Desperation and Disobedience

For my Old Testament Exegesis course, I was assigned to write an exegetical paper on 1 Samuel 28:3-25, a somewhat bizarre story in which King Saul requests a medium to bring up the spirit of the prophet Samuel.  It’s rather a long paper, and not for the faint of heart or short of attention span.  But if you can hold on through the historical context sections at the beginning, I think there’s some interesting application at the end.  Click on the link below to access the PDF.

Desperation and Disobedience — An Exegesis of 1 Samuel 28:3-25


working on my bible study curriculum…

I’m making a little bit of progress on my Hosea Bible studies.  I haven’t done much writing yet, but I’ve done a lot of reading and praying, and have divided it up into 13 sections for 13 weeks.  This may change as the project progresses, but here’s a sneak peek:

1. The Story

2. A Call to Action

3. Chasing After Lovers

4. Searching for Healing

5. God’s Anger

6. God’s Broken Heart

7. When Discipline and Mercy Collide

8. Exposed

9. Betrothed

10. Breaking Up the Unplowed Ground

11. Destroying Strongholds

12. A Prayer of Repentance

13. A New Identity

I’m sure I’ll keep you updated with bits and pieces from time to time.  In the meantime, I’d encourage you to dive into it yourself and explore these topics.  I did a couple of talks from Hosea for youth ministry classes this semester, and I can’t wait to dig even deeper.  It’s a beautiful book and one that’s been working on my heart since this summer.


“I will betroth you to me forever; I will betroth you in righteousness and justice, in love and compassion. I will betroth you in faithfulness, and you will acknowledge the Lord.” — Hosea 2:19-20.

Published in: on December 18, 2012 at 11:33 am  Leave a Comment  
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That One Time I Didn’t Go to Church

Today marks a somewhat strange and surprising milestone in my life. This is the first Sunday ever that I have not been sick, and still voluntarily decided not to go to church.  Because truthfully, today is one of those days where instead of being “led in worship”, I really needed to find it on my own. I didn’t feel like celebrating this morning; I felt like being quiet.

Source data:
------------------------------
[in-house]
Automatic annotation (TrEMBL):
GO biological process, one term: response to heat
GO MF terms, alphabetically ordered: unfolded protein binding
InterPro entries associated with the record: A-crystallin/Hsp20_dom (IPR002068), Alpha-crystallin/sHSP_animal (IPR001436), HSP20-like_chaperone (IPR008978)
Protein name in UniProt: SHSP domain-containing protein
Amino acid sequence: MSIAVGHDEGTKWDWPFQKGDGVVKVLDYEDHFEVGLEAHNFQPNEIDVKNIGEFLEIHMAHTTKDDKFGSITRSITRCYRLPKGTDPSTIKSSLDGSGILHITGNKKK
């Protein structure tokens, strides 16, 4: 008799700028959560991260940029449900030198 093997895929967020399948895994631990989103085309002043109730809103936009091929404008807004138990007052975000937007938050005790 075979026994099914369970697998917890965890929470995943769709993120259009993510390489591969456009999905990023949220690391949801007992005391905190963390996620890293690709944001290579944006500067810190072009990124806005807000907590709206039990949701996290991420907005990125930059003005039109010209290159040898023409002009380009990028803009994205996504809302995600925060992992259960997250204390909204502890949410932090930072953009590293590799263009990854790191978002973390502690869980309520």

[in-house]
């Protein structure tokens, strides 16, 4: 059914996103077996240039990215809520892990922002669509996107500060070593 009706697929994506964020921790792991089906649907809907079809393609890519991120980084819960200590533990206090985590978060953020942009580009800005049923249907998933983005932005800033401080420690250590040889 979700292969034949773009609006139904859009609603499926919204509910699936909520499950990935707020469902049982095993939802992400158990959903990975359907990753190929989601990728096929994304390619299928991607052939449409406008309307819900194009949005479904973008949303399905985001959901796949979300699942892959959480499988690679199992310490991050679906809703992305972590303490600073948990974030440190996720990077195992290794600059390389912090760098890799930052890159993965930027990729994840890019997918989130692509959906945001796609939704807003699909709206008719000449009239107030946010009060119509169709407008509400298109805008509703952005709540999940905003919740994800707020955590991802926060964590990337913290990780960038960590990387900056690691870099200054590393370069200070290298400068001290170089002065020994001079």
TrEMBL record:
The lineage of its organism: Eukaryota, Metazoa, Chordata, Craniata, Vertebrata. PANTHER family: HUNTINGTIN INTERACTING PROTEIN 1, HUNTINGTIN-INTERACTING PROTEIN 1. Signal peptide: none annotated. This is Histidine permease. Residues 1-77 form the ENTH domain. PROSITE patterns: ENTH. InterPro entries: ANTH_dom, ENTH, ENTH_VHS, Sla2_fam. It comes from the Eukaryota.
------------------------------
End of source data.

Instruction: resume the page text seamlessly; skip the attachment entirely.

I mentioned in my last post that I’ve just been a little “off” the past couple of weeks.  One thing that’s tricky about being a Bible major is making sure you don’t forget the purpose behind what you’re doing.  It had been a while since I’d read my Bible just to read it.  And because I’ve been in frantic finals week mode, I knew that going to church this morning would make me feel resentful.  Turn in paper, get an A.  Go to church, get an A.  It would be somewhere else I had to go, something else I had to do, to punch the ol’ time card and say that I went.  Plus, a good friend was in town this weekend, and we’d made plans to get lunch together.  To be able to do that, I would have to go to early service.  And since most of the people I know go to second service, would there really be all that much community?  No.  I would sit there alone and not be able to muster up the energy to sing after 6 hours of sleep.

After the hustle and bustle and stress and frustration and confusion of the last couple of weeks, I really just needed to be alone with God to refuel.  And honestly, it was the best thing I could have done.

Instead of getting up at 7, I slept until 9.  And here’s what I did.

First, I spent a few minutes journaling and praying.  Then I listened to Fire Fall Down by Hillsong United and Give Me Faith by Elevation Worship.  And then I got on youtube and watched Lifehouse’s Everything skit and cried.  Feel free to take a couple of minutes to watch it yourself, if you haven’t.